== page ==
Death by Doubles

Coffee and a hat were mandatory for run #2 of the day.  After taking the girls to Disney last week for our vacation, I'm crashing back to reality this week with high mileage and cold, early runs.  Mileage is back up in the low 90s which means that I've been running quite a few days of doubles.   What does that mean for me?  Well, this week it's meant hair that stays in a ponytail, multiple showers, quite a few loads of running-related laundry, and COFFEE.

I've never done a lot of doubles in the past since Pfitzinger's schedule doesn't really call for too many.  And I've appreciated that!  It was so nice to run once a day and be done!  For the most part, marathon training encourages endurance-based adaptations in your body to store more glycogen and utilize more fat at a given speed.  Pfitzinger argues that there's a greater stimulus for these adaptations through one longer run (12 miles) than by doing a 7-miler and a 5-miler at the same pace.

But once you get above 75 miles or so, doubles become almost a necessity.  Since this year I've tried to up my mileage some, I've had a decision to make:  Do I get up super, super early every day to allow enough time for a 12-15 mile run before 6:45am?  Or do I run 8-10 in the morning and then run again later in the day to make up the difference?

From the title of this post I'm guessing you can figure out what I opted for.  So for several days each week, I run twice a day.  This week, Monday-Thursday looked like this:

Monday:  11 miles at 5am w/5x600m at 5K pace  then 8 miles at 10am Tuesday: 6 miles easy at 5am then 7 miles easy at 10am Wednesday: 9 miles easy at 5am then 6 miles moderate at 10am Thursday: 10.6 miles easy at 5am then 2.4 miles easy at 10am

I won't lie.  It's been tiring to do so many double runs each week.  There are days when I seriously question both the amount of mileage I'm putting in and running doubles in general.  I don't yet have the race times to back up my higher mileage weeks  - I often find myself wondering "why on earth am I putting in so many miles?  I'm not elite.  I don't have a super-fast time yet and there are plenty of speedy gals that run fewer miles and clock faster times than I'm capable of."  But I come back to a good friend of mine who has had a similar marathon progression.  She (and others I've spoken with) feel that it's only after a solid multi-season diet of higher mileage that one starts to see their true marathoning potential.  I am working under that assumption for now, and this is my first season running this many miles.  But - should a few seasons of this strategy result in less than stellar times - I'm not opposed to revising that assumption and cutting back the mileage.   But back to the double runs.  I'm fortunate - I have a window of time on Tuesday and Thursday when my girls are in preschool.  This makes that second run a bit easier to get in, even though it means that I'm usually going for that second run less than 3 hours after the first.  It's not ideal from a recovery standpoint, but it's what works with my schedule this season so I'm rolling with it.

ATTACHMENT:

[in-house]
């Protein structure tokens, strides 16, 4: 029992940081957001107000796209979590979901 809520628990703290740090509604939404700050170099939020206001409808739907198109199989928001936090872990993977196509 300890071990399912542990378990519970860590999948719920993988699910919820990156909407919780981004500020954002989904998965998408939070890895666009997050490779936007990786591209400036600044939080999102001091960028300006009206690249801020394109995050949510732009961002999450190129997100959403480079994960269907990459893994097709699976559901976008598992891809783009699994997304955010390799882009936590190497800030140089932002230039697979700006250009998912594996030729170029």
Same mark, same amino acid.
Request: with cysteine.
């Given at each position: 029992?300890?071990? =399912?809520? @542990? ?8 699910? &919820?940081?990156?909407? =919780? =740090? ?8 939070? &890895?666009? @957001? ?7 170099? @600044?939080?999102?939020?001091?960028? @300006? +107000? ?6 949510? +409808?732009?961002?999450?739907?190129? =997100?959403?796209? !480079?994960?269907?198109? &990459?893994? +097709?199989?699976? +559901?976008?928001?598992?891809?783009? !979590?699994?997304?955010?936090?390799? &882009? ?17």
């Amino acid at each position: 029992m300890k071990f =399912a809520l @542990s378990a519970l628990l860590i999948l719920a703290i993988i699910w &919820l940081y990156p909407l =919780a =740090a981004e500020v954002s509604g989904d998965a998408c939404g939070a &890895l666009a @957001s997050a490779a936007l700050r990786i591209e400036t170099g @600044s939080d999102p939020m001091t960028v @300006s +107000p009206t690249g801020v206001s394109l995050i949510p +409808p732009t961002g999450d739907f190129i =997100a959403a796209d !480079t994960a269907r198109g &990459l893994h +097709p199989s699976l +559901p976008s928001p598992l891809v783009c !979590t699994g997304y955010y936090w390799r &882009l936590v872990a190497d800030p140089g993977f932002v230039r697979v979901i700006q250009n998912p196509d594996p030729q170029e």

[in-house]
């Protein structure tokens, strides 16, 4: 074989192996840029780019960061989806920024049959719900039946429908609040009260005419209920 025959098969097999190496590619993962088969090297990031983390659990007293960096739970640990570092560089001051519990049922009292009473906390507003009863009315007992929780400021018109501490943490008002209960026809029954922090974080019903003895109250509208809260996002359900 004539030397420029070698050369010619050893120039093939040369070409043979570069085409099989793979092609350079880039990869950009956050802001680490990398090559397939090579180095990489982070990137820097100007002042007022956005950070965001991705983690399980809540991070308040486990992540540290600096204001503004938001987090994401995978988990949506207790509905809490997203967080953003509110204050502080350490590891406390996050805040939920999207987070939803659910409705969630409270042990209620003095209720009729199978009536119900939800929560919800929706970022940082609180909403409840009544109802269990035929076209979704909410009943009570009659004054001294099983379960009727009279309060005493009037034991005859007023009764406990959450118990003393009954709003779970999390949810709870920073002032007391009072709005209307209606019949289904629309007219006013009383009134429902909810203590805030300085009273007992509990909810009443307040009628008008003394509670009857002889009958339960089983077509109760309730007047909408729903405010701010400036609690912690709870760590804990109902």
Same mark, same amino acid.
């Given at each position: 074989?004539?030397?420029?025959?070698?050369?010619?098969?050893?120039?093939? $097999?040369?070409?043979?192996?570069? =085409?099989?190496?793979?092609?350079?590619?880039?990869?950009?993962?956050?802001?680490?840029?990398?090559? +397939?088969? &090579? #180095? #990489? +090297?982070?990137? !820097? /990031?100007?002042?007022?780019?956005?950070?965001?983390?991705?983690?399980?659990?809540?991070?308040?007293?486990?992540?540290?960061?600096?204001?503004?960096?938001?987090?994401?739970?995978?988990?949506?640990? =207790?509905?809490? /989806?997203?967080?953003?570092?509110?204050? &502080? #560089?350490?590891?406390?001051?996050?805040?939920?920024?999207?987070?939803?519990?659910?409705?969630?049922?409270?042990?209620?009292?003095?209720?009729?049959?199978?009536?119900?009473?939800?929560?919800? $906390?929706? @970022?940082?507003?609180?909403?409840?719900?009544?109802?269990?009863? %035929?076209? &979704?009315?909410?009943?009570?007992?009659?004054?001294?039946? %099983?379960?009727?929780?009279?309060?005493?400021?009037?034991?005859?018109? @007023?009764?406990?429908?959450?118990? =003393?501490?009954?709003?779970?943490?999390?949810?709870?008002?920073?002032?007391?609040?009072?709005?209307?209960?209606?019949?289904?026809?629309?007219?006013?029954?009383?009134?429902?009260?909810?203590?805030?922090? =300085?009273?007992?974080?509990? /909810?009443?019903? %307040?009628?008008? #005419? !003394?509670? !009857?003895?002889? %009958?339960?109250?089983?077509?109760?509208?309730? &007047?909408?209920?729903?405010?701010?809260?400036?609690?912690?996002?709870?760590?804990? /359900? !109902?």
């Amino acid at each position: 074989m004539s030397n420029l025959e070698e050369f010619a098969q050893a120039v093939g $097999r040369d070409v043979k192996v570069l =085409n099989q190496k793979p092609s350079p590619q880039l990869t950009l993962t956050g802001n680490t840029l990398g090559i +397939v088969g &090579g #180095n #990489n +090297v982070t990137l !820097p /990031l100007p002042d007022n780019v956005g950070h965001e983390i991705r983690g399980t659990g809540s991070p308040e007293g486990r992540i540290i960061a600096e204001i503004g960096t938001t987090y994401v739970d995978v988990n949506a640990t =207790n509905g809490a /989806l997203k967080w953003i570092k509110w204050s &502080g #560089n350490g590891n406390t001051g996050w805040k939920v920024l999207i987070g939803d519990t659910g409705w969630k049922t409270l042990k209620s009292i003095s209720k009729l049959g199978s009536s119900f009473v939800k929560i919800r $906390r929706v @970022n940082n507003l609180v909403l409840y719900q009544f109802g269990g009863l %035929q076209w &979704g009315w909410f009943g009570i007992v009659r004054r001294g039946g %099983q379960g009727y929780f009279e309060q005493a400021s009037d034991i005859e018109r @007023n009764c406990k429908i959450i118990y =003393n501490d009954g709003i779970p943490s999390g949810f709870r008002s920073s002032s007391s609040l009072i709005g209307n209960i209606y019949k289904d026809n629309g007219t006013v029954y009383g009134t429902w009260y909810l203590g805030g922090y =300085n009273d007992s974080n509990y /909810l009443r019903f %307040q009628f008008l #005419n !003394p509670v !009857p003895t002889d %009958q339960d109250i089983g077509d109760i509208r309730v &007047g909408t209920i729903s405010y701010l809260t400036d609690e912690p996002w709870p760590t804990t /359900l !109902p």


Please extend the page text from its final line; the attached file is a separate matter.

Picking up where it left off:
Oh - you were expecting a picture of cookies?  Sorry - we ate them all.  Thanks, double-run hunger!

But now as I am slowly (slowly!!) nearing the taper (hurray!), I'm still wondering if I've taken the right approach.  I suppose I'll find out on race day, but I do wonder if splitting up the runs as much as I've done will help or hurt me.  There are benefits to running those longer mid-week runs of 12-15 miles (greater training adaptations for storing glycogen and using fat), but there are also benefits to running twice a day (additional boost in metabolism from the second run, easier on your body, and splitting runs on easy days can actually boost recovery as each run will increase blood flow to the muscles but take little out of you).  It's made sense for me this season with where I'm at in both my training and life with the little ones, so I went with it.  But I'm curious to hear from others out there:

Do you run doubles?  Do you feel it helps/hurts/doesn't matter?